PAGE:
Effects of nicotine exposure on T cell development in fetal thymus organ culture: Arrest of T cell maturation

Aaron J. Middlebrook, Cherie Martina, Yung Chang, Ronald J. Lukas, Dominick DeLuca

Research output: Contribution to journalArticle

52 Scopus citations

Abstract

There is evidence for both physiological functions of the natural neurotransmitter, acetylcholine, and pharmacological actions of the plant alkaloid, nicotine, on the development and function of the immune system. The effects of continuous exposure to nicotine over a 12-day course of fetal thymus organ culture (FTOC) were studied, and thymocytes were analyzed by flow cytometry. In the presence of very low concentrations of nicotine many more immature T cells (defined by low or negative TCR expression) and fewer mature T cells (intermediate or high expression of TCR) were produced. In addition, the numbers of cells expressing CD69 and, to a lesser extent, CD95 (Fas) were increased. These effects took place when fetal thymus lobes from younger (13-14 days gestation) pups were used for FTOC. If FTOC were set up using tissue from older (15-16 days gestation pups), nicotine had little effect, suggesting that it may act only on immature T cell precursors. Consistent with an increase in immature cells, the expression of recombinase-activating genes was found to be elevated. Nicotine effects were partially blocked by the simultaneous addition of the nicotinic antagonist d-tubocurarine. Furthermore, d-tubocurarine alone blocked the development of both immature and mature murine thymocytes, suggesting the presence of an endogenous ligand that may engage nicotinic acetylcholine receptors on developing thymocytes and influence the course of normal thymic ontogeny.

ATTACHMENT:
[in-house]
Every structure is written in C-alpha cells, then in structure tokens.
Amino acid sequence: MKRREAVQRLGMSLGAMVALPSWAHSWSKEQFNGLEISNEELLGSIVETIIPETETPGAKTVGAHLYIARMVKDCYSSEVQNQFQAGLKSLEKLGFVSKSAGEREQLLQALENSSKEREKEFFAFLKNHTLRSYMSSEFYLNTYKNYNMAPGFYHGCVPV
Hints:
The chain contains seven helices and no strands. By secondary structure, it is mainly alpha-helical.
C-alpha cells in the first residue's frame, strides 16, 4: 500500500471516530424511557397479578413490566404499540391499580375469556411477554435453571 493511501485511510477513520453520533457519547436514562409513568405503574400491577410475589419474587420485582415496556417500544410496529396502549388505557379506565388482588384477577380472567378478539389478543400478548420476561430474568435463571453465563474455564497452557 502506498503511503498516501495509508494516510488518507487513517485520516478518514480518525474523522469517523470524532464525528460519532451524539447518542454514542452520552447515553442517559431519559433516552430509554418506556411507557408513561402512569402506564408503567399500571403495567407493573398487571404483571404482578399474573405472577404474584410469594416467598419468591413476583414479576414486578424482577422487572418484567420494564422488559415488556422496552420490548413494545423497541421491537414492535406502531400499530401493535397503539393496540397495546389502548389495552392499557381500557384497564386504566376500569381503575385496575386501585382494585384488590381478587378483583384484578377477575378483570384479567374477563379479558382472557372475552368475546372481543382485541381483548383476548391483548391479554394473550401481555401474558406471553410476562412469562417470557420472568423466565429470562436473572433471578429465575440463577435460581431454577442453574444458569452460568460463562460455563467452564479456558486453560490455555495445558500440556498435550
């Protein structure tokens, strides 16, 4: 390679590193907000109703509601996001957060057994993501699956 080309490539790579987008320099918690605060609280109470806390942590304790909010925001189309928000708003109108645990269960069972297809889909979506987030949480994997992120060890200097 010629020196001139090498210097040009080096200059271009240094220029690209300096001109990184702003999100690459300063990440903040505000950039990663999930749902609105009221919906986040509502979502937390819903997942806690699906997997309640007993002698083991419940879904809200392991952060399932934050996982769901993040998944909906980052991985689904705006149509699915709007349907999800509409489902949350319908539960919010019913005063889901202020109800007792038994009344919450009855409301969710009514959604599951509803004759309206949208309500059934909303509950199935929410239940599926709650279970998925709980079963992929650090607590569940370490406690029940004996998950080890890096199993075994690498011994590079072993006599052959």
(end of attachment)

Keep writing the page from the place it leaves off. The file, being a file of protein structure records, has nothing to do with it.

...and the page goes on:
Original languageEnglish (US)
Pages (from-to)2915-2924
Number of pages10
JournalJournal of Immunology
Volume169
Issue number6
DOIs
StatePublished - Sep 15 2002
Externally publishedYes

ASJC Scopus subject areas

  • Immunology and Allergy
  • Immunology

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